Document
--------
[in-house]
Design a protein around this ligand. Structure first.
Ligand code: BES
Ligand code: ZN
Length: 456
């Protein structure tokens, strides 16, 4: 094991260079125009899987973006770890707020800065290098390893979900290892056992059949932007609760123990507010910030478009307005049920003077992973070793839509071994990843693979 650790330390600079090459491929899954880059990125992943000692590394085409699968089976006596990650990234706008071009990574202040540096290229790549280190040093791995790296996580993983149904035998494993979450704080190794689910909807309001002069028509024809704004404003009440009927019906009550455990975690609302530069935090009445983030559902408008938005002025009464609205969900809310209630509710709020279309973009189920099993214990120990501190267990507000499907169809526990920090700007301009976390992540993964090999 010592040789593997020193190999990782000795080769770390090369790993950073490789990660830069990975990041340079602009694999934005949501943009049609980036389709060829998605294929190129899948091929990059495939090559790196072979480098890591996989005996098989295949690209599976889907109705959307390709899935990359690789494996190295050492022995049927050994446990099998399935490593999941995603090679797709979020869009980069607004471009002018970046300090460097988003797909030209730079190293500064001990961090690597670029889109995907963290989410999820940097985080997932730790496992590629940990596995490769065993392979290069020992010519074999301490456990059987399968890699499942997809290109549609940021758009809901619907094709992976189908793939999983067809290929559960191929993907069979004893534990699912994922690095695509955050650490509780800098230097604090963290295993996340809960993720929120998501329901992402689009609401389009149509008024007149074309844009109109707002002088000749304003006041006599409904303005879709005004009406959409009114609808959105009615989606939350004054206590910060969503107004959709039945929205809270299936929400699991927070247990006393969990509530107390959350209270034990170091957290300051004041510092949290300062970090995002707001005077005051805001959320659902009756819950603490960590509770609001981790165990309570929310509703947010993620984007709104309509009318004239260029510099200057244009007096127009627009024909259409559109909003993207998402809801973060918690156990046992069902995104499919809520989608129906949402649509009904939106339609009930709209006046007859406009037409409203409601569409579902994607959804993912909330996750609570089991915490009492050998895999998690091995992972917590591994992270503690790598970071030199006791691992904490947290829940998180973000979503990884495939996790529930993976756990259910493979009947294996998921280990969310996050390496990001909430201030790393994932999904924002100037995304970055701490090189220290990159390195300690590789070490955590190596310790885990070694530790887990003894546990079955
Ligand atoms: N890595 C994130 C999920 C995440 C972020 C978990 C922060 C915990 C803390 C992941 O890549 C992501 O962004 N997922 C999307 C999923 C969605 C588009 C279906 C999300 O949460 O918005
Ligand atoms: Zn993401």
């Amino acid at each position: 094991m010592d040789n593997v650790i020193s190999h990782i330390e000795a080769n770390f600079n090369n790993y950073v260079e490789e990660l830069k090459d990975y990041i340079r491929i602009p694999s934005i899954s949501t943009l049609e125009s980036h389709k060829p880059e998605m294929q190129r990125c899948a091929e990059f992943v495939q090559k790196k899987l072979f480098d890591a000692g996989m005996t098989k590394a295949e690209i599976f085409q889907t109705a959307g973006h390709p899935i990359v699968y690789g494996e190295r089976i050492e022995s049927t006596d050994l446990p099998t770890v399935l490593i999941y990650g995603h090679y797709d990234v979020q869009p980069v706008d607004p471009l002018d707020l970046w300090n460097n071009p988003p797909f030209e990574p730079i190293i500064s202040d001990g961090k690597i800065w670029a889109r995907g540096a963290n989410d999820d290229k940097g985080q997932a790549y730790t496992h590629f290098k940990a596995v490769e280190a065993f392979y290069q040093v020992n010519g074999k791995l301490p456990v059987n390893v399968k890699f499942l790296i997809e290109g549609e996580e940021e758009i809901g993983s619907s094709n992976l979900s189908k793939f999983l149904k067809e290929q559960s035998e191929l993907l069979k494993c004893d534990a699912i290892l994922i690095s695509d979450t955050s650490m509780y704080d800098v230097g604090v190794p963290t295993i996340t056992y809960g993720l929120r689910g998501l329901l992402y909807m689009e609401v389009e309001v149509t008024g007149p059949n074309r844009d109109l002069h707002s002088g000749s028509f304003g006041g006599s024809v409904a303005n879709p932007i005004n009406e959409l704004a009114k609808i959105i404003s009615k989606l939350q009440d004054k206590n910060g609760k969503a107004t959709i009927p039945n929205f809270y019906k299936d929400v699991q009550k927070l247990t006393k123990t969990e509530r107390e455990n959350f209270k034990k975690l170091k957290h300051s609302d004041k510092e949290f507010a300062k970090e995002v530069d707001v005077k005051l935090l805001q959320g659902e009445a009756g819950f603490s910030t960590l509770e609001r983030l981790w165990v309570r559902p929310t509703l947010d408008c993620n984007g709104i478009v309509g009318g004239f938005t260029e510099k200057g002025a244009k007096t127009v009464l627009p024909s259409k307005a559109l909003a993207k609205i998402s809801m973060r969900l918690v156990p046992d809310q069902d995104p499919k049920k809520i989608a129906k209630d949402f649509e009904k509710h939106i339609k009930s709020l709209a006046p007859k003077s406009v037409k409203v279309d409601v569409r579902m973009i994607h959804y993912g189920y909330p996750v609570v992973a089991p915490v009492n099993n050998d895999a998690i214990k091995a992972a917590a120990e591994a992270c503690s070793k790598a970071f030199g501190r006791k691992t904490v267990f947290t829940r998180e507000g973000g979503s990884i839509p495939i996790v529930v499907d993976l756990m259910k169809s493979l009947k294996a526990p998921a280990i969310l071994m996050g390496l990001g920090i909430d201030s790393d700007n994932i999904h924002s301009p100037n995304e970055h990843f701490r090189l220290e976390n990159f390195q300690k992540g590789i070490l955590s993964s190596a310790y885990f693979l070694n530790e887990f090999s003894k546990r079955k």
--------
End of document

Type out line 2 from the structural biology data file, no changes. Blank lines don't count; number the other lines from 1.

Design a protein around this ligand. Structure first.